Over the last five years, an unlikely romance has bloomed between hackers and top-tier tech companies.
Instead of using their powers for evil, some “white-hat” hackers have offered to find a corporation’s network vulnerabilities and, for a fee, disclose them to the owners. Although initially wary, thousands of companies have now created “bug bounty” programs, through which they pay hackers prize money for discovering and disclosing “bugs” in their systems.
Until recently, most observers saw bug-bounty programs as an unalloyed good—a way to enhance corporate cybersecurity while simultaneously turning talented hackers away from a life of crime and punishment.
But that was before Uber Technologies’ belated disclosure of a November 2016 data breach that saw the theft of data from 57 million users, including 25 million Americans, and 600,000 U.S. driver-license numbers. In an apparent ploy to avoid disclosing the theft, Uber chose to instead pay a $100,000 ransom to the two hackers under the auspices of a bug-bounty program it first enacted earlier that year.
The breach was not disclosed to consumers or law enforcement until November 2017, one year after the incident and several months after new management had taken over at Uber. Several states have opened investigations into whether the lack of disclosure violated state data-breach-notification laws, but the federal role in the controversy has so far been unclear.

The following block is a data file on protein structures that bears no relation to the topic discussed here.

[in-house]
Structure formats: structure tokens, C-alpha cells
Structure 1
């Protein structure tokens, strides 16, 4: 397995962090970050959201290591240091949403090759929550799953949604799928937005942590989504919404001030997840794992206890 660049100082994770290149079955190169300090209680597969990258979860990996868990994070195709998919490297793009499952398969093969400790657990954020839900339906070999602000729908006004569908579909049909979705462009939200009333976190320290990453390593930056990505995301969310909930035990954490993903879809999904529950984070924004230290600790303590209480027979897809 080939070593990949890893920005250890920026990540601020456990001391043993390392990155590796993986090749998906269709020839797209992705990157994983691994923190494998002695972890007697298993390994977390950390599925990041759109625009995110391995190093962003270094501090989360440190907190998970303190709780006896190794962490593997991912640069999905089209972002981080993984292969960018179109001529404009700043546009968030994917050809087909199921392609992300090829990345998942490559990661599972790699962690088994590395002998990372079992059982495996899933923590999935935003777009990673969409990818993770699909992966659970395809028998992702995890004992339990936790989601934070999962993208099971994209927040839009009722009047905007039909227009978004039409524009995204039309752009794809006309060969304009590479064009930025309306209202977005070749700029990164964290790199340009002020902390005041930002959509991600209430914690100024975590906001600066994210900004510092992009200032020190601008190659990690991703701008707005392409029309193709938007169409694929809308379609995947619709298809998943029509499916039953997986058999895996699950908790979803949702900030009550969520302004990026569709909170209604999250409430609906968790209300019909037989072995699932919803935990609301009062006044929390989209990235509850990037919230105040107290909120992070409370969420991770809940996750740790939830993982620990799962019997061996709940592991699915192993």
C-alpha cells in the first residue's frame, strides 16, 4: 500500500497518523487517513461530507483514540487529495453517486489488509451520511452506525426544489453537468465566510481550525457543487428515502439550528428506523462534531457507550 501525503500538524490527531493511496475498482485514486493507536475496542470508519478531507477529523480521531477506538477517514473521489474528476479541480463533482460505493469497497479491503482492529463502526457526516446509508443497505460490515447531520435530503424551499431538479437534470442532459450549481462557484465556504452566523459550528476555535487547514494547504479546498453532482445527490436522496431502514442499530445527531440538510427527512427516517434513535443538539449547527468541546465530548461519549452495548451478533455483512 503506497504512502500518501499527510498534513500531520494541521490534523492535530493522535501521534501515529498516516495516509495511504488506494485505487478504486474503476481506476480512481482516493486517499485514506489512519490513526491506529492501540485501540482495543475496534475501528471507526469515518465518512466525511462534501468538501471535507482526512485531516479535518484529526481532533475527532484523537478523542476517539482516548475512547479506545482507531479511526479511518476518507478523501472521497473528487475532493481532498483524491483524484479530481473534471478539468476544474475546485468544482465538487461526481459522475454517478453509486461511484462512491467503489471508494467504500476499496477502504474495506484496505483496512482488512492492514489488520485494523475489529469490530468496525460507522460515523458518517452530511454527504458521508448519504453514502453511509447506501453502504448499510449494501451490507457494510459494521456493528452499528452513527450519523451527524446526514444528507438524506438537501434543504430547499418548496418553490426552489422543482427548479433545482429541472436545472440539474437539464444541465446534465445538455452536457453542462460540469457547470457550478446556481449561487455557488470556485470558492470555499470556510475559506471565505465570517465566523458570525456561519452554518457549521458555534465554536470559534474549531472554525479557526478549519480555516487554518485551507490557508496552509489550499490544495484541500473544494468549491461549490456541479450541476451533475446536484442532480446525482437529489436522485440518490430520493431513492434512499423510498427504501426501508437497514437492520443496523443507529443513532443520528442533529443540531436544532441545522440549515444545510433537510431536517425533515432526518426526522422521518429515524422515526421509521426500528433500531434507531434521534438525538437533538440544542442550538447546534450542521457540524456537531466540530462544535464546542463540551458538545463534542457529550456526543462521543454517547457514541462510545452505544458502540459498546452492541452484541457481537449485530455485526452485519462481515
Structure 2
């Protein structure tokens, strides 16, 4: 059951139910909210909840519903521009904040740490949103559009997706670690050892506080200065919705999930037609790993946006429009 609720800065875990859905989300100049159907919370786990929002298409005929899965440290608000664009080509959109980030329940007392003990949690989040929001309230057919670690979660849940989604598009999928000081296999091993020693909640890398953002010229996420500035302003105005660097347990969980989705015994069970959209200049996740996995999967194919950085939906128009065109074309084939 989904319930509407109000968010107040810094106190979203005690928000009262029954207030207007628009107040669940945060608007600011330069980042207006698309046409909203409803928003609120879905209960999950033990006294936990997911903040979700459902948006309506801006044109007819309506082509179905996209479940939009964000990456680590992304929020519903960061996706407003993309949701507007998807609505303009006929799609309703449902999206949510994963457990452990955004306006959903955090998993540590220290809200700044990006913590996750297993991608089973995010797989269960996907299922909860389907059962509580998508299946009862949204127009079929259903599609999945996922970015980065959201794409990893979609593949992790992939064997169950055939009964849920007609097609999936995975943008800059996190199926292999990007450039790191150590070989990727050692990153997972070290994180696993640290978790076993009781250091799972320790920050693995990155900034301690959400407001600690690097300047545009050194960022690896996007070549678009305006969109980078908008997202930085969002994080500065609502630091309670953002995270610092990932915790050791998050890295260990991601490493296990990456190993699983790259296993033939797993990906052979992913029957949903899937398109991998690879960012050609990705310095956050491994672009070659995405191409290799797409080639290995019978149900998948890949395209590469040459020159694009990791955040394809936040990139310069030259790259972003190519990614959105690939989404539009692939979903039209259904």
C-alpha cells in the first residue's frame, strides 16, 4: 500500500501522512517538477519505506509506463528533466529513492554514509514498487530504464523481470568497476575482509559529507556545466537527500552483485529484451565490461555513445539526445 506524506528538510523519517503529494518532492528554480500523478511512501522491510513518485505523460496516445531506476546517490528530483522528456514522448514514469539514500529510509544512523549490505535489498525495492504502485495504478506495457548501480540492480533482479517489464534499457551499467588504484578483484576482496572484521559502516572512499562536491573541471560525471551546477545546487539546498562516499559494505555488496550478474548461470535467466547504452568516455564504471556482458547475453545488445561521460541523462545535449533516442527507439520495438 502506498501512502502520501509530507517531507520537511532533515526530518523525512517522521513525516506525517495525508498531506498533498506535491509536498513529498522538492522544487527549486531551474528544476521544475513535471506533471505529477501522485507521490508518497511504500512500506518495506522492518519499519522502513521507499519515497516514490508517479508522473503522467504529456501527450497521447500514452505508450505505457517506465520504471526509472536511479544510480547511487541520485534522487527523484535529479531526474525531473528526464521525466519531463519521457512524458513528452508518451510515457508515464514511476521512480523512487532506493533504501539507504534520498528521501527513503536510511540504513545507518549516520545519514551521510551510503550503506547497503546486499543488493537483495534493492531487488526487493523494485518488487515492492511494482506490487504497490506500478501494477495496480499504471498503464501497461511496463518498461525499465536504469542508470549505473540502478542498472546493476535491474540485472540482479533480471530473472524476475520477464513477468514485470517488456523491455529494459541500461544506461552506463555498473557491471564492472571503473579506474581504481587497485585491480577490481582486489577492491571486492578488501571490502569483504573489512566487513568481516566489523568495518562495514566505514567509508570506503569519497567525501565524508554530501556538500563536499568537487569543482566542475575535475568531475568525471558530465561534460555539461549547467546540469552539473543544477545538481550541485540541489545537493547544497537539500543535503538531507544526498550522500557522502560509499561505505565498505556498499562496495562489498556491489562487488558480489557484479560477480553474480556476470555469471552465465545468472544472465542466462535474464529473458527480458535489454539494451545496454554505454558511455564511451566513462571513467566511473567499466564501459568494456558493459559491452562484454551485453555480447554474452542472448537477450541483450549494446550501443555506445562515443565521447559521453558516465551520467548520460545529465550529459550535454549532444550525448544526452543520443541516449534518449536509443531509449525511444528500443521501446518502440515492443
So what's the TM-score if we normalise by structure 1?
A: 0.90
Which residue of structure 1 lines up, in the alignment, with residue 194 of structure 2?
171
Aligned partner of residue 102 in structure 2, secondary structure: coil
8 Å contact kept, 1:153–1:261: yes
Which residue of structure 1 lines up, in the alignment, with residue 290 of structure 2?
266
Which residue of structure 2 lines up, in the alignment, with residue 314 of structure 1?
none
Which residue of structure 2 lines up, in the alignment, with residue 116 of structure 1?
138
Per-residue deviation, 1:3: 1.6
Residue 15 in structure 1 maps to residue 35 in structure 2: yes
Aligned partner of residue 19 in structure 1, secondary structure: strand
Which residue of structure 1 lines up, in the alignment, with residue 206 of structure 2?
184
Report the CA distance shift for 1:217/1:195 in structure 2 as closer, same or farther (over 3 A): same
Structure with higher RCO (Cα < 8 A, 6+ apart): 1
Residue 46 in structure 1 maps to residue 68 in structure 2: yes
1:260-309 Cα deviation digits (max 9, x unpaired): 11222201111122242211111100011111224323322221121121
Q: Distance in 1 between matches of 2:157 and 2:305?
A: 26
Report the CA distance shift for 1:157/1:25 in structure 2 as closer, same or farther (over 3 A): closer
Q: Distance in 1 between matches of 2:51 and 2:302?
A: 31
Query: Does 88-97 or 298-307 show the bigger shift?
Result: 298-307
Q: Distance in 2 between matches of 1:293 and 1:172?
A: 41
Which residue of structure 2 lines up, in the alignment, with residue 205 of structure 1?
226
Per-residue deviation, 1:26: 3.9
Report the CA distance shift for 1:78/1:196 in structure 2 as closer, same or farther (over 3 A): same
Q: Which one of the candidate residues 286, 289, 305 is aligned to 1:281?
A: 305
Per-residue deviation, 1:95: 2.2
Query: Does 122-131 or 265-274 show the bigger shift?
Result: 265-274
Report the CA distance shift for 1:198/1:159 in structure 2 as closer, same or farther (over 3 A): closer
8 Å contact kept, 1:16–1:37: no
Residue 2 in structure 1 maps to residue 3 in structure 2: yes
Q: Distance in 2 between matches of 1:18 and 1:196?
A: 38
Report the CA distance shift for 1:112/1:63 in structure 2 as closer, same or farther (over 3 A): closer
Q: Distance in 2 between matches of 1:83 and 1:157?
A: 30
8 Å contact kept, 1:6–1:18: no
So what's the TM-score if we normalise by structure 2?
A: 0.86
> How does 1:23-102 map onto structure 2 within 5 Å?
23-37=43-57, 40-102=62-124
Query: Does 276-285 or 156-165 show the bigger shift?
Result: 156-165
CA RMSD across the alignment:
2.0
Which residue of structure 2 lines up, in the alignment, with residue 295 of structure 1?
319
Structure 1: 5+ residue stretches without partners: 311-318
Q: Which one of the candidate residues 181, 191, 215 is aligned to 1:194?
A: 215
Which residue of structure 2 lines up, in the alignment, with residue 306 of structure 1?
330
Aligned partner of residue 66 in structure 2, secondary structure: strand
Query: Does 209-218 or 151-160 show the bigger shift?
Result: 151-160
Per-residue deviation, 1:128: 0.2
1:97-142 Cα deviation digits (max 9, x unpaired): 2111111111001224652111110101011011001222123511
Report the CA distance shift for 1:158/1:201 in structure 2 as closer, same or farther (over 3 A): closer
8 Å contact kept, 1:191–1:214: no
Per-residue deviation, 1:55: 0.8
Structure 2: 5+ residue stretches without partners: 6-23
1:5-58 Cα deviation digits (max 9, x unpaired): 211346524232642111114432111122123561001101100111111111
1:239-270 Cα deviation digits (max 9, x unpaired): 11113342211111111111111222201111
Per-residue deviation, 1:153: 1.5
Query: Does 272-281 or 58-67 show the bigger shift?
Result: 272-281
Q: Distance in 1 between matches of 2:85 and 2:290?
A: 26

Now the Senate is looking to change that. Sen. Jerry Moran, the chairman of the Senate Commerce Subcommittee on Consumer Protection, Product Safety, Insurance, and Data Security, convened a hearing on Tuesday to discuss ways to prevent the hijacking of bug-bounty programs for nefarious purposes. And all options—from federal breach-notification requirements to hard limits on bug-bounty pricing and the preemption of a patchwork of state notification laws—appear to be on the table.
In the ride-sharing company’s first public admission of fault, John Flynn, Uber’s new information-security officer, told the Senate panel there was “no justification” for his company’s behavior. “We recognize that the bug-bounty program is not an appropriate vehicle for dealing with intruders who seek to extort funds from the company,” Flynn said.
Flynn added that the actual theft of data distinguished this case from a typical bug bounty, in which hackers would merely identify a vulnerability without subsequently exploiting it.
Those in the bug-bounty industry, however, worry that the damage has already been done. Casey Ellis, the founder and chief technology officer of Bugcrowd, said the Uber incident has reawakened mutual suspicions between tech companies and hackers.
“This concept of, ‘Well, are bug bounties basically just extortion that happens on a more controlled level? Is this essentially money laundering, like hush money for hackers?’—it’s almost like the mud in the water started to settle, and this whole thing has stirred that mud back up,” Ellis said. “So that’s the part that I’ve found really frustrating.”